New Bible studies are appearing right and left on campus. The trend may reflect what the Bowdoin Christian Fellowship (BCF) identifies as a rise in the Christian presence on campus. The group itself is experiencing a marked growth in membership, but many of the new studies are being sponsored and attended by non-BCF student athletes and LGBTIQ students.
First year Andrew Hilboldt started an athlete's Bible study this month after having attended a few BCF meetings earlier in the year.
"I felt like there was a need to reach a different group of people at Bowdoin," said Hilboldt, who got the idea to start the group from the organization Athletes in Action, as well as from similar groups at other colleges. "More people were interested than I thought would be," he added.
For Hilboldt, Christianity offered a way of building a supportive community of Christian athletes on campus.
"It's definitely tough at times," Hillboldt said of the Christian experience on campus. "[The athlete's Bible study] helps me and others put themselves out there more, to know that they have a group who know what it's like."
"There's something about how crazy an athlete's life can get that makes sharing the Bible with people who have a similar lifestyle very helpful," said Hilboldt.
Russ Halliday '11, who has participated in both BCF and athlete-specific Bible studies, encouraged students who are curious about their faith to try out the options that are available.
"If any bit of you is telling you to explore this than you should absolutely explore because it can open up a whole new world—just ask questions and don't feel like you'll be judged or criticized," he said.
Representatives of the LGBTIQ Bible study were unable to comment for this article.
Sim Gregory, co-staff leader of BCF, reported that recently, curious students with little background in religion requested a Bible study so that they could learn about Christianity.
In response, BCF started "Come and See" a Bible study that SimGregory said allows believers and their friends to ask questions about the Christian faith. "Come and See" will be held for five consecutive weeks so that participants can get a good sense of what BCF is about.
"Everything is open," said Sim Gregory.
On the increase in BCF activity this year, BCF member Joelinda Coichy '11 said, "lots of freshmen have stepped in this year...we believe that God can bring people hope, and we are always looking for more people."
Coichy, who is on the leadership team of BCF, said that the efforts of BCF result from a collaboration of different class years and that "this year we've really pushed for people to know that we are here for them."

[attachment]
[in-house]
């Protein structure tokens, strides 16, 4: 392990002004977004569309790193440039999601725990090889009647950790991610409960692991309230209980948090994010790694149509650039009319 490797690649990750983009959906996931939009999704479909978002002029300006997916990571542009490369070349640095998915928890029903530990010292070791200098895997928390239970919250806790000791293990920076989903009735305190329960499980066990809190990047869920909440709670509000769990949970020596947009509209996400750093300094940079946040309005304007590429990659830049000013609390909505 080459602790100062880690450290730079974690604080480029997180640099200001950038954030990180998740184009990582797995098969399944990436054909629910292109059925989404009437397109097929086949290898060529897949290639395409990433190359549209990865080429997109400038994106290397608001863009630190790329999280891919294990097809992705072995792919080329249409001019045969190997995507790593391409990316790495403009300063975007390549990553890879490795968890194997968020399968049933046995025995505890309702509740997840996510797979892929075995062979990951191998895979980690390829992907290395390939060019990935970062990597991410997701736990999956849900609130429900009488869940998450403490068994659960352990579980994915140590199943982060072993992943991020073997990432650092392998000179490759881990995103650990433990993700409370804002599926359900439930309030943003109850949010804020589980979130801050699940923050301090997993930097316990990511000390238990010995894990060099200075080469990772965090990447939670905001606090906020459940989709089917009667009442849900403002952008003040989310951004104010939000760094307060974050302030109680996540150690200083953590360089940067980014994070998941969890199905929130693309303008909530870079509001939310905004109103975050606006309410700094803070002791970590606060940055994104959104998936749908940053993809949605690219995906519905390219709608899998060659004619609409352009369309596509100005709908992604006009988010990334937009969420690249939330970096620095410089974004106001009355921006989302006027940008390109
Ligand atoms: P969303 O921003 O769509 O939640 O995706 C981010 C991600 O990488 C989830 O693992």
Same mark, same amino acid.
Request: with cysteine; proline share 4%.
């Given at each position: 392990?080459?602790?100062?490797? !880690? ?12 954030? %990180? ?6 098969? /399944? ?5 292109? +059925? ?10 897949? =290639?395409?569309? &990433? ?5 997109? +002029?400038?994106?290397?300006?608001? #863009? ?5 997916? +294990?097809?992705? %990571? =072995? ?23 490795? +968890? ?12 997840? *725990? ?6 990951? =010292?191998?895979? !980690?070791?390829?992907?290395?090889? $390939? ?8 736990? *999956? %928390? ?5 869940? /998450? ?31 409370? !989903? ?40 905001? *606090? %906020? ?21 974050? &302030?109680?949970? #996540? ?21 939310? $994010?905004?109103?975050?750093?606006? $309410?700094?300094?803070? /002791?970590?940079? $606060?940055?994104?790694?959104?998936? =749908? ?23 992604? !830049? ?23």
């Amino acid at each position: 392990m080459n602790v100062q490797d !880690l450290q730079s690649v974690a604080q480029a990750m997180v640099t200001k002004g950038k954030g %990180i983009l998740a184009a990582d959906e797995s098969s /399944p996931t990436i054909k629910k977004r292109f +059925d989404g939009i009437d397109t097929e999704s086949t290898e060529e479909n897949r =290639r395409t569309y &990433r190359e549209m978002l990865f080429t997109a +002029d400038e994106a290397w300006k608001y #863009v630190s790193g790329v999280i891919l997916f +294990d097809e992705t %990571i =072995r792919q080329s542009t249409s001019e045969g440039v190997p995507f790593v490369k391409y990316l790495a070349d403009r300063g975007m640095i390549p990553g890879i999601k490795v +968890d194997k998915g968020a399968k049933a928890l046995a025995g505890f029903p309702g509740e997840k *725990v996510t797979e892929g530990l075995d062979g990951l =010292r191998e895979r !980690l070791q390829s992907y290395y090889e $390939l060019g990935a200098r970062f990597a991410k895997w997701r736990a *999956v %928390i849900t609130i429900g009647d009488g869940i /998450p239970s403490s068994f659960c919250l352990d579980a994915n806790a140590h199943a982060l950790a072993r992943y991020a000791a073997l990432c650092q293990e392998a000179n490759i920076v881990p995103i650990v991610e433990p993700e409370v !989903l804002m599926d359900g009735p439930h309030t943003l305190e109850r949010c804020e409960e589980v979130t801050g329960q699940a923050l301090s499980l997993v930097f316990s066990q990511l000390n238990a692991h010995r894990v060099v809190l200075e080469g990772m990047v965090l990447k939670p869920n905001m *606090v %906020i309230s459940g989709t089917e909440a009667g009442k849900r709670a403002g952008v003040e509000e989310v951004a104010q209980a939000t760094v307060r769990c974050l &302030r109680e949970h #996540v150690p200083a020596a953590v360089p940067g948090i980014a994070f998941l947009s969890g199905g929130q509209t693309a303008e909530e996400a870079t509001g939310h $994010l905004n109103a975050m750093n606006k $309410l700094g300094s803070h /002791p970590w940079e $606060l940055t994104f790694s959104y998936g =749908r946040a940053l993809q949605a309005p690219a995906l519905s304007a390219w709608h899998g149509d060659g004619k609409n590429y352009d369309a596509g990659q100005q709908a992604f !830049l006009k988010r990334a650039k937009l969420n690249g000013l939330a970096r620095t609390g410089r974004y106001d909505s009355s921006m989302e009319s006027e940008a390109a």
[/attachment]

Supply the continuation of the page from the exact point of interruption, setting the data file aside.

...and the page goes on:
BCF is a chapter of InterVarsity Christian Fellowship, which is an evangelical campus mission involved in Christian life on college campuses nationwide. Rob Gregory, the staff leader of BCF and Sim Gregory's husband, said that the reason more Bowdoin students are participating in spiritual life on campus is due to the College's history as an institution that supported the spiritual development of young male leaders.
"God planted seeds on this campus that are sprouting today—courageous men, spiritually trained and insightful men, planted seeds—Joshua Lawrence Chamberlain and Joseph McKeen both," Rob Gregory said.
Rob Gregory also added that the rise in activity is in part due to student leadership.
"Students are leading students to discover God. The initiative is God's. The response to God's initiative is faith. That is what we are seeing, faith being born in the hearts of Bowdoin students," he said.
Halliday, a member of Hilboldt's Bible study, said, "there has been an increase in Christianity on campus...for a few years now Rob's been working really hard and it's sprouting now...the nature of Christianity is that it spreads, especially in an academic environment in which people are searching for meaning."
According to the Gregorys, the College has always been helpful in facilitating BCF activities.
"Bowdoin has been very, very generous...we meet with the deans four times a year and they make spaces available for us," said Rob Gregory. Sim Gregory emphasized that BCF has a "tremendous role in meeting the needs of students who want to know God," and is a resource for questioning students.
"There are more Christians than people might think—having activities like Bible studies and the chapel service makes people come forward," said Hilboldt. For him, athletics serve as a platform for Christianity.
"Having a Christian background puts everything in perspective—you do things to your best ability for God—you're not doing it for you, but for God and your teammates," he said.
On religion and athletics, Halliday said, "a lot of times people see them as mutually exclusive but I think they go hand in hand—it makes you play for something greater."
According to Coichy, spiritual life on campus extends to all demographics of students beyond just athletes, as many BCF members have diverse extracurricular activities and represent a wide variety of ethnic backgrounds.
"We are in every sector of Bowdoin's life, with very different members," she said.
Coichy described her role in BCF as "more than something I do on Thursday nights...it's how I'm able to be who I am on campus."
Indeed, BCF provides a vast array of Bible studies that cater to different types of students, and provides weekend transportation to eight different community churches of various denominations. For Coichy and many other students in BCF, the organization is "an umbrella through which to connect with the greater community."
Yesterday, BCF sponsored a lecture from Bowdoin Alum Edward Keazirian, Th.D. The lecture, entitled "The Authority of the Bible," is part of BCF's campus-wide efforts to increase the presence and visibility of spiritual life on campus.